Dynamic Stretching for Recreational Runners
Alright folks, the running season is coming up. With your local 10km charity runs, full or half marathons and recreational running clubs quickly approaching, it’s time to hit the pavement and lace up those running shoes! I am a strong believer in having both a pre and post exercise stretching routine. Stretching prepares the body for physical exertion and sports performance. There are two styles of stretching: Dynamic Stretching or Static Stretching.
Dynamic Stretching increases range of movement, blood and oxygen flow to soft tissues prior to exertion and has been proven to reduce the risk of injury.
Static Stretching used to be the standard style of stretch routine, but has shown little evidence of increasing flexibility and reducing injury when performed before a workout. Studies have actually shown that static stretching has a detrimental effect on explosive movements and strength output.
As a registered kinesiologist and experienced athletic trainer, here is a dynamic stretch routine which I regularly perform with my clients. (This routine is meant to be done after warming up with approximately 10 minutes of light cardio activity.)
Dynamic Stretches for Recreational Runners
(1) Knee Hug/Tip Toes: While walking forward, hug your right knee into your chest and rise onto the toes of your left leg. Continue to step forward, alternating legs. This stretch is an excellent way to loosen up your glutes and hips.
(2) Quad-Hip Flexor: Standing on your left leg, bend your right leg and hold your right foot behind you (with your toes pointing up). Bending forward at your waist, keeping both hips level to the ground, reach down with your left hand to touch the ground in front of your left toe. Take a step forward and repeat on the alternate side. This is an excellent movement for enhancing both hamstring and low back flexibility.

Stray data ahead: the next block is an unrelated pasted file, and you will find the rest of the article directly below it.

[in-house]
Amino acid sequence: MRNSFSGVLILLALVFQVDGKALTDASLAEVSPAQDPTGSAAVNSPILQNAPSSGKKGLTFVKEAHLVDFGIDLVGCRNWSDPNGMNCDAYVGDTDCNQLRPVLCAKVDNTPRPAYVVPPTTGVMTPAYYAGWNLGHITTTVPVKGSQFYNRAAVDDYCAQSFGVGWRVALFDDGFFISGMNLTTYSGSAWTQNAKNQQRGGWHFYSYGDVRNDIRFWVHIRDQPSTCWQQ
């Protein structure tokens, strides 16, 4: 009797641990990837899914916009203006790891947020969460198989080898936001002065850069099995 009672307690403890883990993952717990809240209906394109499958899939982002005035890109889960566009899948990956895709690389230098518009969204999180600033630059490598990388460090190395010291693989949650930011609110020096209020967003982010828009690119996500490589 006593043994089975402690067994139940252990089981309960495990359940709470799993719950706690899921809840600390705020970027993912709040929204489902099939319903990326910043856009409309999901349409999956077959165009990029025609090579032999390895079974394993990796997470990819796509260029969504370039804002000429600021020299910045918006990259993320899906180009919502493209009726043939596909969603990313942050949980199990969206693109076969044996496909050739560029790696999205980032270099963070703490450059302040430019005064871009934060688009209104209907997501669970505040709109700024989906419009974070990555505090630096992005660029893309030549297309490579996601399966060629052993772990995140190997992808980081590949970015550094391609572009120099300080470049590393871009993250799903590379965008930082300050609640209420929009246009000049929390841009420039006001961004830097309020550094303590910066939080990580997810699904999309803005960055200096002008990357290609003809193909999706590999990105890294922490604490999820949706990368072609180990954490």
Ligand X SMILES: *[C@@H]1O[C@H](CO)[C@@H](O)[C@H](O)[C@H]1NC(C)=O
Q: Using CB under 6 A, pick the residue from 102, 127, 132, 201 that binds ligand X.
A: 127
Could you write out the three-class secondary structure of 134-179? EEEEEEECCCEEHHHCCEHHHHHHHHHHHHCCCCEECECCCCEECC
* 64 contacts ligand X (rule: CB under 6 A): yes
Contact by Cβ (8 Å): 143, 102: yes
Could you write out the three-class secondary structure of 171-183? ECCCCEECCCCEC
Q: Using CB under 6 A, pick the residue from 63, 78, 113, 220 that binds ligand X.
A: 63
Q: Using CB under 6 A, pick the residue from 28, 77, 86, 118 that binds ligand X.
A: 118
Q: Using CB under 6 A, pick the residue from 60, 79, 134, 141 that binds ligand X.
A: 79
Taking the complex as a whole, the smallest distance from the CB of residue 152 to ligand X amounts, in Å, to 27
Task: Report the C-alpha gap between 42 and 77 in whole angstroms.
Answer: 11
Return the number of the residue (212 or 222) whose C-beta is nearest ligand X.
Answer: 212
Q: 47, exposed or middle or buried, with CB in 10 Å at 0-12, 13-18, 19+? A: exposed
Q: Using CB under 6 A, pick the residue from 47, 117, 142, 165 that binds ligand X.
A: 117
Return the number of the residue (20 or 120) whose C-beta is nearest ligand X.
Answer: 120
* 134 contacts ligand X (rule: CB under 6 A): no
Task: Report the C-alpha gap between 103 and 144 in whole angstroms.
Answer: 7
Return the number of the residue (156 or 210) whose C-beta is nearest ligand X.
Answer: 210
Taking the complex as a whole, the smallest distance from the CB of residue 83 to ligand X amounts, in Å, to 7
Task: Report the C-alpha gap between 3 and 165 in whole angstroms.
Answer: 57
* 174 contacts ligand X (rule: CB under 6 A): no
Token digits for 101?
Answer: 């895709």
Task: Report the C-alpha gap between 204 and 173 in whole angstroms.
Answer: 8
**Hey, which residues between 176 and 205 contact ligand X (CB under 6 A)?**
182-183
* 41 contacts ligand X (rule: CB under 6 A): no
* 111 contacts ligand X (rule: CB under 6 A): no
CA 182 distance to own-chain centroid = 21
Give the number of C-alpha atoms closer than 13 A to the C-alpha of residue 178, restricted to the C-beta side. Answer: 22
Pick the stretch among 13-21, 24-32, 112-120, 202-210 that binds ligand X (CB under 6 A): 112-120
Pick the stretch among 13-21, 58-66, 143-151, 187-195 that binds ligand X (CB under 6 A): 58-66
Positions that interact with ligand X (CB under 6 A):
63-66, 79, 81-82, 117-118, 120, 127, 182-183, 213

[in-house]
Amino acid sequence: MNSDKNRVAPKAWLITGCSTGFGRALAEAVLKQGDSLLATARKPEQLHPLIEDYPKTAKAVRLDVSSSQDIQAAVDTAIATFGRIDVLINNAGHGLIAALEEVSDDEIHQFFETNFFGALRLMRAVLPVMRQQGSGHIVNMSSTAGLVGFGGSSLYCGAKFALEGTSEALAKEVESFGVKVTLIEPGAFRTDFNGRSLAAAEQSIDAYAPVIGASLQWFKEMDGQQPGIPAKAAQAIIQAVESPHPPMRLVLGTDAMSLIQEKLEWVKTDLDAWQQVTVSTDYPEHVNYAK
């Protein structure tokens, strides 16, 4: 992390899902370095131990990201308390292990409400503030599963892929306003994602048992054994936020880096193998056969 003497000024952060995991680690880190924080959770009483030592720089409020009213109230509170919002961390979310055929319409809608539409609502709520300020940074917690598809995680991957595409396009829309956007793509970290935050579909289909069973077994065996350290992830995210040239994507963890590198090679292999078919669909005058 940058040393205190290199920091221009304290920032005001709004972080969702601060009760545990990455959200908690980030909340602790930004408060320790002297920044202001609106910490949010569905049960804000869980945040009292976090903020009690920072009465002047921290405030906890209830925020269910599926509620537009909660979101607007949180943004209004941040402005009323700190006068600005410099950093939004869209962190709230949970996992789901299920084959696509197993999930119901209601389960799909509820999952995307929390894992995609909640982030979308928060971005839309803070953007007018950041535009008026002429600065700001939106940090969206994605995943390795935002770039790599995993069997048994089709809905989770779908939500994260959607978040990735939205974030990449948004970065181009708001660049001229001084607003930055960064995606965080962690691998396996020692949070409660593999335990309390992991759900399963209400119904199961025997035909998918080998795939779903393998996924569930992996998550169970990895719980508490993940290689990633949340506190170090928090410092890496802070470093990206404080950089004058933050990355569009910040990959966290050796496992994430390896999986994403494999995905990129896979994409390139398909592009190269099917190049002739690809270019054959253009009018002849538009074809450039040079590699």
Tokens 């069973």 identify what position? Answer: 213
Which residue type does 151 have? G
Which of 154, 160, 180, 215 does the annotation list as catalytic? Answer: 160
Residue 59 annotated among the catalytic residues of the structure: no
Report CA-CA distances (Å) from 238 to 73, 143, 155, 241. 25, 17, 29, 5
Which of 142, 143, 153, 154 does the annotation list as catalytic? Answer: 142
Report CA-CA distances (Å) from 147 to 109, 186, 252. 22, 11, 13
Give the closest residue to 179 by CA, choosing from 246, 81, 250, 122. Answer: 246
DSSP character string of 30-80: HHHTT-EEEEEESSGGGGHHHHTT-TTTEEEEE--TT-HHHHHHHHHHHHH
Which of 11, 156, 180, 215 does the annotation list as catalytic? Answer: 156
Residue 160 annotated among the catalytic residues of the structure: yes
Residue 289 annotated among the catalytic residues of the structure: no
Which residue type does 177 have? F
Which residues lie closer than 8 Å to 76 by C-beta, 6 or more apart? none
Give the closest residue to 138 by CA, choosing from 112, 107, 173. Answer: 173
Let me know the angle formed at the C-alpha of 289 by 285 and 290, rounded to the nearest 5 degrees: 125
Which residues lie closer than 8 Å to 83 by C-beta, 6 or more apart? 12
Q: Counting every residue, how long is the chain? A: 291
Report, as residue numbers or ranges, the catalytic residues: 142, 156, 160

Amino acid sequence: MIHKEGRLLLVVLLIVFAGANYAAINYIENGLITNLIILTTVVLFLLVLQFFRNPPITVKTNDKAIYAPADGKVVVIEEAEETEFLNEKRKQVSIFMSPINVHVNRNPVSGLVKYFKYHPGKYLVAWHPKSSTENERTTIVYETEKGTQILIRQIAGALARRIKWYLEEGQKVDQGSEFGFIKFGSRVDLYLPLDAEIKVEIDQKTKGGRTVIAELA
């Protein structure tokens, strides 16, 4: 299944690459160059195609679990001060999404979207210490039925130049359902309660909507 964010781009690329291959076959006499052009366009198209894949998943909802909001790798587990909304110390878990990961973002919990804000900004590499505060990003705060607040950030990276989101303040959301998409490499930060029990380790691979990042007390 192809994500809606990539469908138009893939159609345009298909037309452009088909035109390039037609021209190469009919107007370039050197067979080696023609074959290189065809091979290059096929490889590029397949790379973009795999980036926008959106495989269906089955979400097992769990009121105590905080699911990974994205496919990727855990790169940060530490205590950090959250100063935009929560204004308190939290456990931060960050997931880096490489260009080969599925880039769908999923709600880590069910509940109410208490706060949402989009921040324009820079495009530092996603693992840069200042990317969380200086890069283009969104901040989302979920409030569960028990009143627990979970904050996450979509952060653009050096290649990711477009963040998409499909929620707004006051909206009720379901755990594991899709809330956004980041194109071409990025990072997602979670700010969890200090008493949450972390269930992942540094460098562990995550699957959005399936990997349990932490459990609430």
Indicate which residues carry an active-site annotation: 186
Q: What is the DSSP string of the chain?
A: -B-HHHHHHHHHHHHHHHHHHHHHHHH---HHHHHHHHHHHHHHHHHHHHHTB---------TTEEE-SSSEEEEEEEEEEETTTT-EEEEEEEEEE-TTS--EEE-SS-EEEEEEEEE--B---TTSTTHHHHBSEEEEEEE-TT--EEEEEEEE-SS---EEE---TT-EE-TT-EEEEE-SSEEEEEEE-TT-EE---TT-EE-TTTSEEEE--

(3) Standing Pigeon: Stand on your right leg, with a slight knee bend. Bending your left leg with your knee pointed outward, grab your left foot with both hands and pull upwards until you feel the stretch in your glute. Take a step forward and repeat on the alternate side.
(4) Lunge with Trunk Rotation: Step forward with your left leg into a lunge position (ankles, knees, hips and shoulders facing forward and torso upright). While in the lunge position, rotate your torso by clasping your hands in a prayer position and placing your left elbow on the inside of your left knee. This movement stretches your hip flexors while in the lunge position, as well as strengthens and stretches your low back during trunk rotation.
(5) Axial ‘Tea-Pots’: Standing on your right foot, bend your left leg back and reach both arms overhead. Bend forward at the waist allowing your left leg to come up in order to touch your fingers to the ground. Keep both hips level to the ground, putting a slight knee bend on the right leg if necessary. This movement stretches your hamstrings.
(6) Hand Sweeps: With both arms by your sides, take a step forward with your left foot, landing heel-to-toe as you step. At the same time, bend forward at the waist, sweeping your arms down to the ground. Continue this motion, stepping with alternating legs. This is another great move for enhancing hamstring and quadriceps.
(7) Side Lunges with Oblique Stretch: Take a side step with your right leg, bending your right knee and keeping your left leg extended (side lunge). Straighten your right leg while you step your left leg across and in front of the right foot. At the same time, extend both arms overhead and lean to your right, feeling a stretch along the left side of your body. Take several steps with your right leg, then turn around and repeat with your left leg. This movement will stretch your adductors during lunge and target your obliques during side stretch.
(8) Heel and Toes: This calf stretch is nice and simple! Taking several steps each way, walk forward on your heels and then walk in the other direction on your toes.
After completing this dynamic stretch routine, you will be ready tackle any recreational or competitive activity.
Remember this as you start each day…..the biggest hurdle to beginning any activity is tying up your laces. Stay active and have fun!
By Kinesiologist Cameron Quon